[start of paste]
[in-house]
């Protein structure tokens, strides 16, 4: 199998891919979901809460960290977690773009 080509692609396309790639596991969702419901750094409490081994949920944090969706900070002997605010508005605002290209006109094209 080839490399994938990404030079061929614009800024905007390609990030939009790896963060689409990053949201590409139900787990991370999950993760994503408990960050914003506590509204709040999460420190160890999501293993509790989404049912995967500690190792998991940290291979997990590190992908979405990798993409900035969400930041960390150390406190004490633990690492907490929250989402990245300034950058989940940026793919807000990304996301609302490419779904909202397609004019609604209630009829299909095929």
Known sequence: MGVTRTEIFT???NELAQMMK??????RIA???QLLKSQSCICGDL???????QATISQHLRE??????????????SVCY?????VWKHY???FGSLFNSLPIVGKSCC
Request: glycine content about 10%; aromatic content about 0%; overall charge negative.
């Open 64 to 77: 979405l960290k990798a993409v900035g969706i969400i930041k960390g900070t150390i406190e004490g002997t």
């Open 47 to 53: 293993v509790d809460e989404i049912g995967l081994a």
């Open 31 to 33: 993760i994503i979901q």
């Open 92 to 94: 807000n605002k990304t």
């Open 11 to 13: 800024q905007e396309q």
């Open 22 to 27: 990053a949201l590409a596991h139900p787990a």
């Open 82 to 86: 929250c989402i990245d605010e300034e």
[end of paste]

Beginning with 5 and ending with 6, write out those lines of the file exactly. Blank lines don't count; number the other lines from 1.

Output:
């Open 64 to 77: 979405l960290k990798a993409v900035g969706i969400i930041k960390g900070t150390i406190e004490g002997t």
């Open 47 to 53: 293993v509790d809460e989404i049912g995967l081994a």